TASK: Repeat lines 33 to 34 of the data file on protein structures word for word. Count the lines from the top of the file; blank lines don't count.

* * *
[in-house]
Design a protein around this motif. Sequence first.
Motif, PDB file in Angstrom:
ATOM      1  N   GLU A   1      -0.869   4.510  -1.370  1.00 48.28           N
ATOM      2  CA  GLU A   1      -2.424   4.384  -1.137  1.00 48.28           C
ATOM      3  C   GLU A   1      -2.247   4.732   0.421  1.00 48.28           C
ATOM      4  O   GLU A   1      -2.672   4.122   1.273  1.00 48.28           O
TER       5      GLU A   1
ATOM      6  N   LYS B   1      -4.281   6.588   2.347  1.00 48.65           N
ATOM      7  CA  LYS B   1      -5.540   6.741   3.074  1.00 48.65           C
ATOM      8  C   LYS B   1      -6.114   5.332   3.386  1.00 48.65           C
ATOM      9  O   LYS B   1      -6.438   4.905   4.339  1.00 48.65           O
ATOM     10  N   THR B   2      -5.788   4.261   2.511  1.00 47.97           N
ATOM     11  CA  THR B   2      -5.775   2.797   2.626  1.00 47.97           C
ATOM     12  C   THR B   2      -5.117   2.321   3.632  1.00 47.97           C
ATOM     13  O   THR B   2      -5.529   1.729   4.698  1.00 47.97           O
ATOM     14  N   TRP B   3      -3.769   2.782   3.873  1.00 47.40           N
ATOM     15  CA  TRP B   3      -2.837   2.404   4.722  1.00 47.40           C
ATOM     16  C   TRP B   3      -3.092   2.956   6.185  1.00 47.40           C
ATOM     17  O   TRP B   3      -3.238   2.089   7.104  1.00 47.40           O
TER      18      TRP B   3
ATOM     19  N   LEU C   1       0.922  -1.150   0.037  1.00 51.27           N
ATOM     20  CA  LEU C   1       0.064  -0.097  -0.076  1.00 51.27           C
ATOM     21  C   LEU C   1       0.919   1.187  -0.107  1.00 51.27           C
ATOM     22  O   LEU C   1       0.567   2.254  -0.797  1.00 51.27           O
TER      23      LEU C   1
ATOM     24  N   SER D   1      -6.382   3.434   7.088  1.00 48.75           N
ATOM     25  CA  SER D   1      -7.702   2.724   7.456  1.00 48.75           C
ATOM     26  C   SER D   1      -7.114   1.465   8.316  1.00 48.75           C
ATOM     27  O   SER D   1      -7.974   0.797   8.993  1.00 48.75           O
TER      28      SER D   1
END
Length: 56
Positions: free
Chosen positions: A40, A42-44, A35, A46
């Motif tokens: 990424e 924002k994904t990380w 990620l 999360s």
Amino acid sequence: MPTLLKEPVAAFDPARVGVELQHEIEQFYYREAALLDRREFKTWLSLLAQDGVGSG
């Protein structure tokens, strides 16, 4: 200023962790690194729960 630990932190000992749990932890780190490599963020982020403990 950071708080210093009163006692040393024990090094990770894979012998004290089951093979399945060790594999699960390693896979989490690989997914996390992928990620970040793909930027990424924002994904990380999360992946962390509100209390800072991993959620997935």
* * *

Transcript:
Length: 56
Positions: free